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Additional Insured Coverage And Bad Faith

September 19, 2001

This is one of a series of articles under the by line “Butler on Bad Faith” originally published in Mealey’s Litigation Report: Insurance Bad Faith, Vol. 15, #10, p. 25 (September 19, 2001). © Copyright Butler 2001.


Coverage determinations regarding the nature of policy duties that liability insurers owe to additional insureds may create bad faith exposure for the unwary insurer. Bad faith liability frequently arises when an insurer fails to recognize the scope of defense and indemnification obligations it owes to an additional insured. Issues also arise when additional insureds compete with named insureds for limited policy proceeds which cannot adequately protect the interests of both. This article highlights the source of the dilemma – the scope of the coverage afforded to an additional insured – and provides illustrations of bad faith exposure in the wake of claims asserted against additional insureds.

Liability insurers’ failure to recognize that additional insureds have many, if not all, of the same rights to coverage as the named insured lies at the heart of this problem. For many years, carriers argued that their policies limited the scope of additional insured coverage, so that the policy only required an insurer to respond if a claimant asserted a theory of vicarious liability against the additional insured’s liability or if a claimant asserted that the additional insured was not otherwise actively negligent.

Few liability policies, however, contain additional insured language expressly limited to vicarious liability or active negligence. ISO additional insured endorsements typically provide coverage for the additional insured’s liability “arising out of” the named insured’s work, without reference to the character of the additional insured’s conduct giving rise to its liability; i.e., active or passive negligence. Virtually all additional insured endorsements use some version of this language to describe the coverage conferred upon the additional insureds.

While a few courts have limited the availability of coverage under the endorsement to those situations where the additional insured’s liability is purely vicarious,(1) courts following the emerging trend have rejected insurers arguments that the language of such endorsement covers only passive negligence An emerging majority of courts have. The emerging majority of courts broadly construe such language, equating the phrase “arising out of” to causally connected with.(2) These courts have broadly construed policy language providing both defense and indemnity rights to additional insureds.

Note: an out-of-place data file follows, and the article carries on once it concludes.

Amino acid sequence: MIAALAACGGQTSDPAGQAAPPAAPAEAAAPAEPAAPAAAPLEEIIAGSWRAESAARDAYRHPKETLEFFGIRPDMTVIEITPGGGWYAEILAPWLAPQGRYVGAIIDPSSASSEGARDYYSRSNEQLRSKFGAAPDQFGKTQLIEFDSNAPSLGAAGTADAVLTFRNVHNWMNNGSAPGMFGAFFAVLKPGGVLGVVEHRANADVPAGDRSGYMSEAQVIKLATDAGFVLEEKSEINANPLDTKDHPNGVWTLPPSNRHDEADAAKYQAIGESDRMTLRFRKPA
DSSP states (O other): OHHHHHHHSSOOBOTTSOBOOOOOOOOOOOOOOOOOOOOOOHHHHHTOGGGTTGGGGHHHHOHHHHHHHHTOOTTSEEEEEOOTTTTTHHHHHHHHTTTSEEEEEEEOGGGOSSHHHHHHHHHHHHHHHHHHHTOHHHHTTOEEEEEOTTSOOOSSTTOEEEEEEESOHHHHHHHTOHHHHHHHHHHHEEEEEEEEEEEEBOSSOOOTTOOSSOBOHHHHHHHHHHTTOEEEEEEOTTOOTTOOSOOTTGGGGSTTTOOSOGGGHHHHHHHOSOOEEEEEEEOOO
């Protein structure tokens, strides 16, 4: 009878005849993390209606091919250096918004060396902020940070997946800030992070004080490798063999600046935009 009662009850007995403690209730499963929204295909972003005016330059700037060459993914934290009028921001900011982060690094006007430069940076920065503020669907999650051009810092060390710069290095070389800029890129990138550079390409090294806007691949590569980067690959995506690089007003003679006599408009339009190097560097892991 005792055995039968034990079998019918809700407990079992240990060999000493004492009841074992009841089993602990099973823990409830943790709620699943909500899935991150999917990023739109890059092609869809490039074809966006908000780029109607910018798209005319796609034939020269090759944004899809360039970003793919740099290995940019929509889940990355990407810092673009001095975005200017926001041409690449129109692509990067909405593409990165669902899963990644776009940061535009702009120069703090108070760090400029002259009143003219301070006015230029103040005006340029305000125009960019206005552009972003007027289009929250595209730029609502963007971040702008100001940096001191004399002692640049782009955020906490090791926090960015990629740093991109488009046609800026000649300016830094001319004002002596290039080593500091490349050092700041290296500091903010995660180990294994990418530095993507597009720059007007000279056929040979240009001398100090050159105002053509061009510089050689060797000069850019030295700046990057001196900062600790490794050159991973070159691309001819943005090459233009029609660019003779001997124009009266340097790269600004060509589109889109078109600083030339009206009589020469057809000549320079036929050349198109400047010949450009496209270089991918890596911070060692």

1.  Scope of additional insured coverage

McIntosh v. Scottsdale Ins. Co., 992 F.2d 251 (10th Cir. 1993), illustrates how the majority of courts determine the scope of additional insured coverage. In McIntosh, an attendee at a city-sponsored street dance was injured when he attempted to take a short cut to restroom facilities at the dance. The dance’s sponsor had a liability policy Scottsdale that named the city of Wichita as an additional insured. The injured party sued the city, and the city tendered its defense to Scottsdale. After Scottsdale denied coverage and refused to extend a defense, the City went to trial against the plaintiffs. The City stipulated that it was 100% liable, and the jury awarded $74,571.15 in damages.

The plaintiffs then filed a garnishment action against Scottsdale, arguing that Scottsdale was liable for the judgment because plaintiff’s injuries arose out of the festival and that the policy covered the city, even for its own negligence. Scottsdale contended the additional insured endorsement provided coverage for the City for its vicarious liability only.

The McIntosh court concluded that the policy phrase “arising out of” “clearly relates to causation” and that the facts presented demonstrated the requisite causal connection that established coverage for the City under the additional insured endorsement. Id. at 255. The court also noted that, if Scottsdale had wanted to limit the coverage available pursuant to the additional insured endorsement to only the vicarious liability of the additional insured, “language clearly embodying that intention was available.” Id.

2.  Attempts to limit scope of additional insured coverage